Looking out the green window I am obsessed with the darkness of Dag
Why did the woman, Freda, of the smooth skin, much smoother than mine, but as old;
Why did the woman, Freda, of the grey hair, darker grey, much longer than mine;
Why did the woman, Freda, with the gentle voice, much gentler, but more insistent than mine;
Why did the woman, Freda, give me "Markings" to read?
I was surprised.
I am always surprised if people, new people in my life, presume to know what I might like to read.
What gave her the idea that I might like to read Hammarskjold's book?
I am interested in Peace, she assumed, because I mentioned Peace Pilgrim's book.
I am interested in spiritual things, she assumed, because -- I remember -- I mentioned a monastery,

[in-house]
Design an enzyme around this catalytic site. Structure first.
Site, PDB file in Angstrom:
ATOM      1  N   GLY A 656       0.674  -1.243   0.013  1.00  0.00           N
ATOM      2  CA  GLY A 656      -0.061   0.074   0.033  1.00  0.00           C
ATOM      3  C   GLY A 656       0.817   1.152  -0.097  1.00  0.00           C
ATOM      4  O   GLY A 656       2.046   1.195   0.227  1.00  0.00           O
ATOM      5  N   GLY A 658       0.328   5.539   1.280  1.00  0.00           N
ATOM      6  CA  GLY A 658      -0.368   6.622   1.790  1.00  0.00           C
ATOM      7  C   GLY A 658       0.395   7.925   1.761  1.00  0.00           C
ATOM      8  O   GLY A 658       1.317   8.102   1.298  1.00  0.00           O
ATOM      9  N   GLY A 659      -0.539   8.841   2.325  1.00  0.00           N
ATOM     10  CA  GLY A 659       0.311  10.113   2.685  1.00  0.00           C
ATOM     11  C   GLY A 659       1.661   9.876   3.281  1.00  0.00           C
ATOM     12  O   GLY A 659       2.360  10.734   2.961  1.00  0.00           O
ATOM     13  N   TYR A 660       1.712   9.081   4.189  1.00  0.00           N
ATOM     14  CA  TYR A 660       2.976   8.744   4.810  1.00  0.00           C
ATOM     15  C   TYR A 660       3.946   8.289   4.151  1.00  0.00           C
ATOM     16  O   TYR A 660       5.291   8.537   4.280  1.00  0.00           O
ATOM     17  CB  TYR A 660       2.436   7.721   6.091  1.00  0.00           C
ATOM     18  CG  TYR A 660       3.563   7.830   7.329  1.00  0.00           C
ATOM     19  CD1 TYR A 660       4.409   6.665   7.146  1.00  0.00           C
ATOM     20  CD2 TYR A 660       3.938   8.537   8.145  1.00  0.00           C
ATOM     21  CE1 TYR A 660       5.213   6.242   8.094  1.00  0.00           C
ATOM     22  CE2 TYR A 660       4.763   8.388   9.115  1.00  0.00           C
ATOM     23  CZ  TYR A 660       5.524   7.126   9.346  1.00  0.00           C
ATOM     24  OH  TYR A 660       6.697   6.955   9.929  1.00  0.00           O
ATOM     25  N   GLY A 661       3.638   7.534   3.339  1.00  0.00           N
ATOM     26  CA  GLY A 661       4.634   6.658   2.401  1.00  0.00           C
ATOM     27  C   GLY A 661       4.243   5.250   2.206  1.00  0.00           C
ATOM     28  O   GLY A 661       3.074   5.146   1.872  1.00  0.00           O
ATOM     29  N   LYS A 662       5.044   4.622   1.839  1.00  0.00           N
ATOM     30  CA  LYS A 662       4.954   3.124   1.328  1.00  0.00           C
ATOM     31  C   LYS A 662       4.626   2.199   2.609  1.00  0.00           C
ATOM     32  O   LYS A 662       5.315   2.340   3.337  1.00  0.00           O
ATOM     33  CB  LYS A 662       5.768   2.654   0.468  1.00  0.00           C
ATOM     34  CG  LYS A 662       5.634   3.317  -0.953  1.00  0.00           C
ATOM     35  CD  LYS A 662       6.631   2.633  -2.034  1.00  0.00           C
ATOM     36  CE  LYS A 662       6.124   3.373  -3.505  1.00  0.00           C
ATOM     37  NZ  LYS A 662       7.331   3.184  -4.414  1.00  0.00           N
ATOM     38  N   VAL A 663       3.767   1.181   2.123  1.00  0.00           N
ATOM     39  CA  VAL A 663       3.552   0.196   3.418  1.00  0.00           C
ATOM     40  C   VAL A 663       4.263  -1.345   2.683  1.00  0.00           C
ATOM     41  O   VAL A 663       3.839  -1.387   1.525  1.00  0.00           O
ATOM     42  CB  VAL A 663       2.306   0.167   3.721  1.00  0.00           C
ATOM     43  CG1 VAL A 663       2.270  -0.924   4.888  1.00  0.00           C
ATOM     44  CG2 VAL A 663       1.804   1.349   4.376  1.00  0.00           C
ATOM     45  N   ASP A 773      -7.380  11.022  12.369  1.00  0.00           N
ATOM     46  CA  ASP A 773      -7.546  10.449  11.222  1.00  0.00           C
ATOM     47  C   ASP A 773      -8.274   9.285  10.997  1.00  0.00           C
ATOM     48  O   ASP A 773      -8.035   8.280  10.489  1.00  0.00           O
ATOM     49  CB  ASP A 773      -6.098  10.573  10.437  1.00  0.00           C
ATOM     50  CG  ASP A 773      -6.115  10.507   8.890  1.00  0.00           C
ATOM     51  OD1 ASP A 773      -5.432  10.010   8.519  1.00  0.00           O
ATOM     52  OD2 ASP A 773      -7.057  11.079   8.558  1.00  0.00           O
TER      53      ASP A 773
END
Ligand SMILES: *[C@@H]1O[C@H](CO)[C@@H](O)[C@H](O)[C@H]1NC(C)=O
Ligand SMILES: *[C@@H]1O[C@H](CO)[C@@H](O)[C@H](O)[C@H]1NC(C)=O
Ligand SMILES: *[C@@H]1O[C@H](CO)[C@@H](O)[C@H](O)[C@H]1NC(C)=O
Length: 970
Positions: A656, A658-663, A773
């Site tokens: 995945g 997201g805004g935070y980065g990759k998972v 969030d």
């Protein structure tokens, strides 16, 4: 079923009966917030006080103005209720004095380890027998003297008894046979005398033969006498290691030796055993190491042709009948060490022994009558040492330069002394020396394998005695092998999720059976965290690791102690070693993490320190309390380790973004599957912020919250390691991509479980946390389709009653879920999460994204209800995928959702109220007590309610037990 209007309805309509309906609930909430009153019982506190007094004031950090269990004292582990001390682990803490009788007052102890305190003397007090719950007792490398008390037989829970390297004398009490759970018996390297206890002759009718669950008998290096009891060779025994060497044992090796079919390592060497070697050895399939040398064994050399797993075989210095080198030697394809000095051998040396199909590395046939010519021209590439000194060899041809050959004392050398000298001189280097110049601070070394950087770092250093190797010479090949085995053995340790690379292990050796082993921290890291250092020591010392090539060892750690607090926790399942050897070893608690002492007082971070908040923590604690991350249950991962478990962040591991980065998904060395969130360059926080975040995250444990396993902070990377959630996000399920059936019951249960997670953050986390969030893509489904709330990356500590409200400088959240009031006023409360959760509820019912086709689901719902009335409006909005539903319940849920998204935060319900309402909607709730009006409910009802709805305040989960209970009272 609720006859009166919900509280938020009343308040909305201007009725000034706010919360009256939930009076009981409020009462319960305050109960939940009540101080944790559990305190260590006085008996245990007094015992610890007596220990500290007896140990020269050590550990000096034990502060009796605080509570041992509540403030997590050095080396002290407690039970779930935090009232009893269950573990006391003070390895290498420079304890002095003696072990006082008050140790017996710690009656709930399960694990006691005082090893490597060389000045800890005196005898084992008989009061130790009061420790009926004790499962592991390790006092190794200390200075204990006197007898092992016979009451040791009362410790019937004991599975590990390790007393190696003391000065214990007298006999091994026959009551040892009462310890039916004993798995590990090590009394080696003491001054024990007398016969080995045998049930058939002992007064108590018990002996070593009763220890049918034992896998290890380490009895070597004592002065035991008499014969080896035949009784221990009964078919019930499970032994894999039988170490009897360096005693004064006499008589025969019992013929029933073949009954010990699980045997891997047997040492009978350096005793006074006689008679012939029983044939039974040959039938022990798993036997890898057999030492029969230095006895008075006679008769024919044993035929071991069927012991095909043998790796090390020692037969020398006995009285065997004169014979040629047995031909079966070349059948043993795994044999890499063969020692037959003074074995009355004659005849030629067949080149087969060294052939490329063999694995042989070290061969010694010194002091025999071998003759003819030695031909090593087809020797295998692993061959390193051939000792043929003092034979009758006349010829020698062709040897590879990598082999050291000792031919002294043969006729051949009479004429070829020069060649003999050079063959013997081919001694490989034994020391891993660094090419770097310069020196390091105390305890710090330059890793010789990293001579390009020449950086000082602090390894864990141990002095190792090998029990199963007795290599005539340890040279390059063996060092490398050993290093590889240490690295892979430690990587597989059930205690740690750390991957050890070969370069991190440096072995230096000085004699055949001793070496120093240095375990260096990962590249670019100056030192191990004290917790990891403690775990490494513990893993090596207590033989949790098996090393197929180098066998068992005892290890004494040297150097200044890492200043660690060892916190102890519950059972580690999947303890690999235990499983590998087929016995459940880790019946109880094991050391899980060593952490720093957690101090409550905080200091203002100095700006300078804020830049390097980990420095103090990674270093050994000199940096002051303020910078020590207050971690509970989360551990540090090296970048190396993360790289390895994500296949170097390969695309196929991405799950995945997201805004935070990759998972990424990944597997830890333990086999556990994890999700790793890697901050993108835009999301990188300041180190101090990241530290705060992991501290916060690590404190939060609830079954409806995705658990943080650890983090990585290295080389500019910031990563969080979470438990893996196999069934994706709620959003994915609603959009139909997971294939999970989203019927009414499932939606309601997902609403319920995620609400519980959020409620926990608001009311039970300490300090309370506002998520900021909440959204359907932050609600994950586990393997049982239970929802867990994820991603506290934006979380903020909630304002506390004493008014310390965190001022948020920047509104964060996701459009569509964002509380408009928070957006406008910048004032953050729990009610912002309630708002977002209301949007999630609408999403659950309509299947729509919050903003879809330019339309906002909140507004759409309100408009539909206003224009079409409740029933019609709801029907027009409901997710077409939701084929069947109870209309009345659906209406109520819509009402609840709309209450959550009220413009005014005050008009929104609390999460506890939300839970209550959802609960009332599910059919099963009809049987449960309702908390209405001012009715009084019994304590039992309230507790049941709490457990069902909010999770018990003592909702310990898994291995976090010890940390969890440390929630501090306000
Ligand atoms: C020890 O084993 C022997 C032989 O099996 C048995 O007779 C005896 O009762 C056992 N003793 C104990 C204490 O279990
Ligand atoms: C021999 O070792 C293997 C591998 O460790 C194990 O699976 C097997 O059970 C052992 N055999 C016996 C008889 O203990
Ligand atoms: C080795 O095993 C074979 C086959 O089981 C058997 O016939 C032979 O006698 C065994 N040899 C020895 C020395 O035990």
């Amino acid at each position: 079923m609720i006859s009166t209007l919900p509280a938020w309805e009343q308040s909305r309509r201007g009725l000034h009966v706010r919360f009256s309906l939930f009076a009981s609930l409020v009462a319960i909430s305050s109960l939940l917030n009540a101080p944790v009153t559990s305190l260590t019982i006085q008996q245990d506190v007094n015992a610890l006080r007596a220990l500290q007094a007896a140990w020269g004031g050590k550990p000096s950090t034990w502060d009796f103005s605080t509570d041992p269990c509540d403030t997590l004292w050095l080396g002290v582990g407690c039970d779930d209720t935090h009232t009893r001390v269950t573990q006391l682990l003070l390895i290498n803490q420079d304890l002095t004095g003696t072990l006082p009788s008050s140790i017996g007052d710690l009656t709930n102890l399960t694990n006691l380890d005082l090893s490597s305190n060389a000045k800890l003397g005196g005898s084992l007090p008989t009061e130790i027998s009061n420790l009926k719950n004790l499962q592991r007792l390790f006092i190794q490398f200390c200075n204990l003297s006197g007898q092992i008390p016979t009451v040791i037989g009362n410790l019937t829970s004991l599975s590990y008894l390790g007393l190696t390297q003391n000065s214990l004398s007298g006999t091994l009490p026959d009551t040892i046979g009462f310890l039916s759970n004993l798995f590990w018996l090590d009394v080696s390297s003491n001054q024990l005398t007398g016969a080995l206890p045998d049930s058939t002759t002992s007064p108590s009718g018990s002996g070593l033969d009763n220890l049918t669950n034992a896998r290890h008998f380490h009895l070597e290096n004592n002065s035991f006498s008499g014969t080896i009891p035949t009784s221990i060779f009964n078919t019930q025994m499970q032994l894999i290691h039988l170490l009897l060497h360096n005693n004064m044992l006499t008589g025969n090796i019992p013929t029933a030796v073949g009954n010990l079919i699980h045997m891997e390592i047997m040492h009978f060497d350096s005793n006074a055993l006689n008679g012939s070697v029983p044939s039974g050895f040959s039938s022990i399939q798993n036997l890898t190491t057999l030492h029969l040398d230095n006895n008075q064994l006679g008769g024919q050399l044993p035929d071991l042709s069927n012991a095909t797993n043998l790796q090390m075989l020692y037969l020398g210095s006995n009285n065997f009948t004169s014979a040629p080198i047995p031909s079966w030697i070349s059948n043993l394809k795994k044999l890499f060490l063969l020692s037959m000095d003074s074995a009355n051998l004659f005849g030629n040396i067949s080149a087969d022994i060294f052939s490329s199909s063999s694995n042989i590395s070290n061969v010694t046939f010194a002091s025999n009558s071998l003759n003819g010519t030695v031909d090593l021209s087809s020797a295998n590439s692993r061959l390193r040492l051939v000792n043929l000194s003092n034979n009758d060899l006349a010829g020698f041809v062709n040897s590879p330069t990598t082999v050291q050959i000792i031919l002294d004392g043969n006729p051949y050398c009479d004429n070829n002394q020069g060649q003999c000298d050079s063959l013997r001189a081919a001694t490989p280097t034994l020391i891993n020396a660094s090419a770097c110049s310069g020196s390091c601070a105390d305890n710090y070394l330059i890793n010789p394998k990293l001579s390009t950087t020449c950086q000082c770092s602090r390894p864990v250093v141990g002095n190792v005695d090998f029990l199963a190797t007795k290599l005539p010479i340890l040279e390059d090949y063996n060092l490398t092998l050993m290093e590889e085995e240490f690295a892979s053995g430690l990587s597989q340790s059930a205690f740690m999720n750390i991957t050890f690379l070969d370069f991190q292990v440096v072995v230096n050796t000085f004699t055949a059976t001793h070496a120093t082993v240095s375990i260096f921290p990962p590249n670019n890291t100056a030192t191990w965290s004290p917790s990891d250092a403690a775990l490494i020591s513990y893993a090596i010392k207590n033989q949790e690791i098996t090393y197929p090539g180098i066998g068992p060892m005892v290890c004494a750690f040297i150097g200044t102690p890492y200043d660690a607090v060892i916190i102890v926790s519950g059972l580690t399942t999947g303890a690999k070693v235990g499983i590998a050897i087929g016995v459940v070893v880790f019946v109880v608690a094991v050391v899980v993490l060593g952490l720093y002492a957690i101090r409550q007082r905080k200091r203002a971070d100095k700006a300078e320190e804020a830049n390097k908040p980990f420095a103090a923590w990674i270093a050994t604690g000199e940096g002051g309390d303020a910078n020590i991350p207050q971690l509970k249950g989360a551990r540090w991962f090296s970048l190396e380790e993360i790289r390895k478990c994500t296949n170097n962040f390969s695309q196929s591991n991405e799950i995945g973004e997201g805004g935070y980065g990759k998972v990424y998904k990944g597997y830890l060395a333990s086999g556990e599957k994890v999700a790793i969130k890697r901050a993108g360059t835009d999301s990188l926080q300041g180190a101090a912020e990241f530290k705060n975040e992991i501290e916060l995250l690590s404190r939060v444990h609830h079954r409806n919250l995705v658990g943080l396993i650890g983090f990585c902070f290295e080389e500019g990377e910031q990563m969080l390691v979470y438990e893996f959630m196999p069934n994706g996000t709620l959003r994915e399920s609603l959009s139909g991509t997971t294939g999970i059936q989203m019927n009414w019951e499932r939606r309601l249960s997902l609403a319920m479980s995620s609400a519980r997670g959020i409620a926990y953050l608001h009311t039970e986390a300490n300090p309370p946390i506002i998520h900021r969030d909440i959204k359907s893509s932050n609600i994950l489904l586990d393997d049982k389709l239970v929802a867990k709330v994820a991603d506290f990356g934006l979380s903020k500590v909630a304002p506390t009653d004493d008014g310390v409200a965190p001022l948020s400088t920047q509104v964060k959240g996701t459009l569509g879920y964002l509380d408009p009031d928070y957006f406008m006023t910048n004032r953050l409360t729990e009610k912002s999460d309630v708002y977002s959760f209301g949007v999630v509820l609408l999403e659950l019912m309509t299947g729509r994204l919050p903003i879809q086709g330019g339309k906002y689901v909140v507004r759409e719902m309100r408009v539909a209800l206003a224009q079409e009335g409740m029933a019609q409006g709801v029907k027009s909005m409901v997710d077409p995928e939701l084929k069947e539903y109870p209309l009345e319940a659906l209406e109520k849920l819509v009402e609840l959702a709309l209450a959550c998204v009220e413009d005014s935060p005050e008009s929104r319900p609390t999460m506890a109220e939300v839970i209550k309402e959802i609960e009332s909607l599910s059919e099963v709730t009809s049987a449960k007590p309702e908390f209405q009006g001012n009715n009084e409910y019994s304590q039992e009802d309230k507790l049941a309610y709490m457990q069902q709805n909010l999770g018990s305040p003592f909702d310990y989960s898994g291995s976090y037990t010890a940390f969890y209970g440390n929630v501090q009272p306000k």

a Zen conversation, a spirit that troubles me from time to time.
That, no doubt, prompted her well-meant presumption.
But Dag H's book is so dark, one of the darkest I have read.
If this is spirituality to the West, if these are the musing of an "enlightened" man of the West,
in whom power was vested to help bring peace to the world, to unite nations,
pity the West, pity the West's tiny, nay infinitesimal capacity to think of peace, to bring peace to a world.
I am appalled by Dag's darkness.
It is as if his pages were written on dark blue, light-absorbing velvet.
Yet I remember thinking of him as a good man.
A good man. What does that mean?
Privately, Dag Hammarskjold lived the dark night of the soul.
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